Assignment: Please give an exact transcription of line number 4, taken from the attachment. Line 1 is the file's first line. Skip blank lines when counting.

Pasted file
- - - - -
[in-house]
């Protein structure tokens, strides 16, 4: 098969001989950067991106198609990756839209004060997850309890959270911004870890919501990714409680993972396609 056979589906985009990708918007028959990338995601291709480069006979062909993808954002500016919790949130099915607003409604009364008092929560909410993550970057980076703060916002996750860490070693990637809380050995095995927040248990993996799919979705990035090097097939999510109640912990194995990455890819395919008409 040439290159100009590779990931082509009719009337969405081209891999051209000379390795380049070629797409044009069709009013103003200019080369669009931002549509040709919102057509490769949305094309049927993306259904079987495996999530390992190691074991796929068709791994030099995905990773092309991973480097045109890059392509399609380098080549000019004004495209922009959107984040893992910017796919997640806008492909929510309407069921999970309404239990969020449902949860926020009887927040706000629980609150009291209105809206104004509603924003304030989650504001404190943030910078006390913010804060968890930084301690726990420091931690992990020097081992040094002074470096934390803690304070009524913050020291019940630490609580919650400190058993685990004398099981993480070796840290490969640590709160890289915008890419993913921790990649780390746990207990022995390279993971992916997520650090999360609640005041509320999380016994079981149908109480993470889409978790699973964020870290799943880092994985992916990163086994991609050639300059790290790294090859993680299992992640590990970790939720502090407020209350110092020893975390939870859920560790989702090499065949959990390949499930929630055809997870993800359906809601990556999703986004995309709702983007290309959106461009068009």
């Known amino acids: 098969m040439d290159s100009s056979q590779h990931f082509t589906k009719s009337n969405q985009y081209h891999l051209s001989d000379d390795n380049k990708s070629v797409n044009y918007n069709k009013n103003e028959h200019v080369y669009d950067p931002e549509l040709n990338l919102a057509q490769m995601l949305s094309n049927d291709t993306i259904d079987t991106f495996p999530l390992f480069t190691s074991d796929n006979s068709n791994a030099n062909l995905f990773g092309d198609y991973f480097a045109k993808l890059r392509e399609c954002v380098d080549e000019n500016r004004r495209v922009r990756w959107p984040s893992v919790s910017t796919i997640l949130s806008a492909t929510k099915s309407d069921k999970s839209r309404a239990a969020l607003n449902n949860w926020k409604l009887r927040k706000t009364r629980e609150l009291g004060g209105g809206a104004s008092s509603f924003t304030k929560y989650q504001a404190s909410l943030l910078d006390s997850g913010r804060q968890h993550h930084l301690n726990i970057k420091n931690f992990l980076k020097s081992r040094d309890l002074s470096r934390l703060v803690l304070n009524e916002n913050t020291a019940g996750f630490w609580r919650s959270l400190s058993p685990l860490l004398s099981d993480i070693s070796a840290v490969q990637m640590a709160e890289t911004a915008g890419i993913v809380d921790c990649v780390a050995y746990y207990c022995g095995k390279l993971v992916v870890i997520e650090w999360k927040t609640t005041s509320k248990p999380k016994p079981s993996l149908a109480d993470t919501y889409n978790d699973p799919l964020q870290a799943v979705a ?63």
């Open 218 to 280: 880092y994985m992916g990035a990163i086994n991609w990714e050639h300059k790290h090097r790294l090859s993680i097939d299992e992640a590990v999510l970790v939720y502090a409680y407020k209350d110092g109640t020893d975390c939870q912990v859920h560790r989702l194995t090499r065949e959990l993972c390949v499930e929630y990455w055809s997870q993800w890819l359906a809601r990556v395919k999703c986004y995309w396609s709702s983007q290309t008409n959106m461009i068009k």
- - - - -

């Open 218 to 280: 880092y994985m992916g990035a990163i086994n991609w990714e050639h300059k790290h090097r790294l090859s993680i097939d299992e992640a590990v999510l970790v939720y502090a409680y407020k209350d110092g109640t020893d975390c939870q912990v859920h560790r989702l194995t090499r065949e959990l993972c390949v499930e929630y990455w055809s997870q993800w890819l359906a809601r990556v395919k999703c986004y995309w396609s709702s983007q290309t008409n959106m461009i068009k």